The Feasibility of Using Electronic Health Data for Research on Small Populations. The Growing Availability of Electronic Health Data


The Institute of Medicine sees EHRs as an essential part of a “learning health care system,” and many believe they are critical for the success of medical homes, accountable care organizations, and other provider payment and delivery system reforms resulting from the Affordable Care Act. The use of EHR data for research depends first of all on the adoption and use of EHRs by health care providers. Over the past decade or so, early adopters of EHRs have begun to tap their potential for clinical, epidemiological, and health services research. These early adopters have included HMOs, large multispecialty medical groups, and large hospital-owned and operated systems that employ physicians and operate other facilities along the care continuum. Some have now started or participate in EHR-based research networks, often with federal support. Federal stimulus funds under the Health Information Technology for Economic and Clinical Health Act has resulted in growing number of providers that use EHRs, and this increases the size and variety of the populations that can be studied. For example, more federally qualified health centers, small physician practices, and critical access and safety net hospitals are adopting and using EHR technology resulting in more information about traditionally vulnerable patient populations.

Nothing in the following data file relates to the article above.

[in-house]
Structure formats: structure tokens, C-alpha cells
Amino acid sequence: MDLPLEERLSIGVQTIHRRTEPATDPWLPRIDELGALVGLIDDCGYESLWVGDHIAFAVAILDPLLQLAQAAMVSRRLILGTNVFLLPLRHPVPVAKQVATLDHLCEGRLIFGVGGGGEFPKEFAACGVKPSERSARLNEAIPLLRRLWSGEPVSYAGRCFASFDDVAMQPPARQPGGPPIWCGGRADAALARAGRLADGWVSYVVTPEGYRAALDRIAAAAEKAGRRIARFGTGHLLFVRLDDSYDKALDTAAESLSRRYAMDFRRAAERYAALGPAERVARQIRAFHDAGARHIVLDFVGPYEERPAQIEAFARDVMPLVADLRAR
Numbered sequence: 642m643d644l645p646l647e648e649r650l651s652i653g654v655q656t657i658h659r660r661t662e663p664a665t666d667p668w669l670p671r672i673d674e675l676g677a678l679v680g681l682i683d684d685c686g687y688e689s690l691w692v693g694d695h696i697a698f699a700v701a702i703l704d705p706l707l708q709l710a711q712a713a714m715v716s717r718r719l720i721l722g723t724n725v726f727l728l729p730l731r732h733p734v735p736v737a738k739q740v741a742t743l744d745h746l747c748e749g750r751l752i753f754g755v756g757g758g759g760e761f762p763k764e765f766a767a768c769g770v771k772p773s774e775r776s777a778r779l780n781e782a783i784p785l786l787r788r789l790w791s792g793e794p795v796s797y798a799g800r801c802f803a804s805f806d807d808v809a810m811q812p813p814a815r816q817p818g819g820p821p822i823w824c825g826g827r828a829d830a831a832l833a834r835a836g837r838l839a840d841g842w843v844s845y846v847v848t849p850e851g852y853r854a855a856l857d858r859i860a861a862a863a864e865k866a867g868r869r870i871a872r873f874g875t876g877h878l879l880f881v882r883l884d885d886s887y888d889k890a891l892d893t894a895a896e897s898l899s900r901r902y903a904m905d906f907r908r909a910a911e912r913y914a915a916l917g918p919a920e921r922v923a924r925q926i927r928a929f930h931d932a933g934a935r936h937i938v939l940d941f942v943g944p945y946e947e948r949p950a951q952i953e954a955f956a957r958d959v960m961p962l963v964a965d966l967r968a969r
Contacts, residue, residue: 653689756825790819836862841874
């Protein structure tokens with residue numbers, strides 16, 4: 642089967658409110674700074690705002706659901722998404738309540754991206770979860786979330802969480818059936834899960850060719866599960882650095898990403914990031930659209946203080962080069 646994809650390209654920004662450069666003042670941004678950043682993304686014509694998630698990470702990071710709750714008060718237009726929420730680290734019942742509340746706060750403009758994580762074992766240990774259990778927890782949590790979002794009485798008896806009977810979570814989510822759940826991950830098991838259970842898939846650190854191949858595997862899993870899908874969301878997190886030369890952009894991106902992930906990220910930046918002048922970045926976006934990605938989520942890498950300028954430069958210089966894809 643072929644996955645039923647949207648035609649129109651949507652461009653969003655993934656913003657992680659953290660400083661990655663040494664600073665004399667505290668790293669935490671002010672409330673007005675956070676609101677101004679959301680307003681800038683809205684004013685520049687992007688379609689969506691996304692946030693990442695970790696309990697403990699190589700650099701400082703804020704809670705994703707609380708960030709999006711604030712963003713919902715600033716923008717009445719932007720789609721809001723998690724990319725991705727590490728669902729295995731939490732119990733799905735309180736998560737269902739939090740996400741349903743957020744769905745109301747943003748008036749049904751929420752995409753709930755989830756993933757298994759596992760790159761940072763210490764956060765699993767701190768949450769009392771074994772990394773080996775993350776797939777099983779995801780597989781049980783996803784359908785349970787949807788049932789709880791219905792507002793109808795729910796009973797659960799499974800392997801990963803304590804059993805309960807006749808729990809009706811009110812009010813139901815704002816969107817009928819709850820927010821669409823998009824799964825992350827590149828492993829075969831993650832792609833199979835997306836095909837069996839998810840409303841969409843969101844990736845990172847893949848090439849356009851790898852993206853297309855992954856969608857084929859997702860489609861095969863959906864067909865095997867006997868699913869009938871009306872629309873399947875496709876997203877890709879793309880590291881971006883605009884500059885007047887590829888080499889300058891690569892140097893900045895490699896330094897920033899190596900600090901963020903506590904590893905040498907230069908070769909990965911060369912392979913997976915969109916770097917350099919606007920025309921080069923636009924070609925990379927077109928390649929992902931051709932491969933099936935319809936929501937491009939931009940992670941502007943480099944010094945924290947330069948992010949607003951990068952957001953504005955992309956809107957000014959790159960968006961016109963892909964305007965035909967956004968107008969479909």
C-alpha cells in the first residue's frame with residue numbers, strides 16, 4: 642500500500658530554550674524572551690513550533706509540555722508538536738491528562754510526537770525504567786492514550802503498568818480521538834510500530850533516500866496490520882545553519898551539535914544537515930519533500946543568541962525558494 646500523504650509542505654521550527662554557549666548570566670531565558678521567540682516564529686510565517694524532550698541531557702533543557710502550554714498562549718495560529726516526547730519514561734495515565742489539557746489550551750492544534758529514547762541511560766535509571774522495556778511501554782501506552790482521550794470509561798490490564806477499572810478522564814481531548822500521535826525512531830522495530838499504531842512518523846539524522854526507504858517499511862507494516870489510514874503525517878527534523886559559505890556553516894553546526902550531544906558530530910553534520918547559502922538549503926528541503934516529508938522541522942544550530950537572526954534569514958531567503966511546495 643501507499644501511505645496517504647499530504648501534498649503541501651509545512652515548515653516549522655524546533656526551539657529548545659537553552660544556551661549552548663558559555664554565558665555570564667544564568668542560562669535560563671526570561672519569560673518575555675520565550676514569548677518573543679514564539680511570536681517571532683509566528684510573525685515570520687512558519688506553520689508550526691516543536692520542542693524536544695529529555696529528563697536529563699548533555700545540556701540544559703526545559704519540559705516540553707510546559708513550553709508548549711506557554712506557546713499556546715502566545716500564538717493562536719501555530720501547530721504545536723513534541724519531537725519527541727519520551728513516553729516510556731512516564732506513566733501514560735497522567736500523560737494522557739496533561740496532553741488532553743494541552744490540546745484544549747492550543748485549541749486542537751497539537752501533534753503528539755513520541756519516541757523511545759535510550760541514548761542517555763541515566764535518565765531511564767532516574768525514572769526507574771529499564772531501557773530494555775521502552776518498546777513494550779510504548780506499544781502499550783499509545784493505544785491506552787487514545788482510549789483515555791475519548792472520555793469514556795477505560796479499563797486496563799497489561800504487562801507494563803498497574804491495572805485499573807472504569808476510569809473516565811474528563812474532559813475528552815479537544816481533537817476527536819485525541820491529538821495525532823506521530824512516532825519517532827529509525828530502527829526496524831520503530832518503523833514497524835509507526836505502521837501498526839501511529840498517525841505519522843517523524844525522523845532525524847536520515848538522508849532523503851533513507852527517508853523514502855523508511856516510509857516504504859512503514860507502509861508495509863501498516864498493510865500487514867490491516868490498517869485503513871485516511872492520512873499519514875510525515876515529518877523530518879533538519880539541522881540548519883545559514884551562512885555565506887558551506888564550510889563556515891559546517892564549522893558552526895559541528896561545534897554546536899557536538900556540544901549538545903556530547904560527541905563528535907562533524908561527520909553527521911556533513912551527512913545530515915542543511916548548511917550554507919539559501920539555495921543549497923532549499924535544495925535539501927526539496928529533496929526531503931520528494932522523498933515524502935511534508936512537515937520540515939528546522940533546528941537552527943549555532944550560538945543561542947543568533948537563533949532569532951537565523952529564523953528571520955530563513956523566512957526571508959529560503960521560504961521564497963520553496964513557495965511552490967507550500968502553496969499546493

The current level and rate of increase in EHR adoption and use by providers suggests that the health care industry may be approaching a “tipping point,” that is the moment of critical mass where ideas, products, and behaviors spread like viruses.”2 The use of EHRs to capture, organize, and use information for purposes of quality and efficiency improvement as well as research is not just the expectation or norm among the “innovators” but increasingly the expectation and norm for entire health care industry.

Information available in EHRs

Information in EHRs comes from both patients and care providers. Information such as demographic and other background information may be collected directly from the patient using a form or questionnaire they fill out at the registration desk, in the waiting room, or through a patient portal. Data entered during the office visit by the clinician may include reason for the visit, height, weight, vital signs, patient-reported symptoms and characteristics (such as behavior and lifestyle), diagnoses, treatments and tests ordered, and medications prescribed. In addition, data from the pharmacy, laboratory, and radiology are often incorporated into the EHR. Claims and billing information may also be integrated with an EHR. There is the potential to identify some small populations using information that is typically recorded in an EHR such as demographics and diagnosis.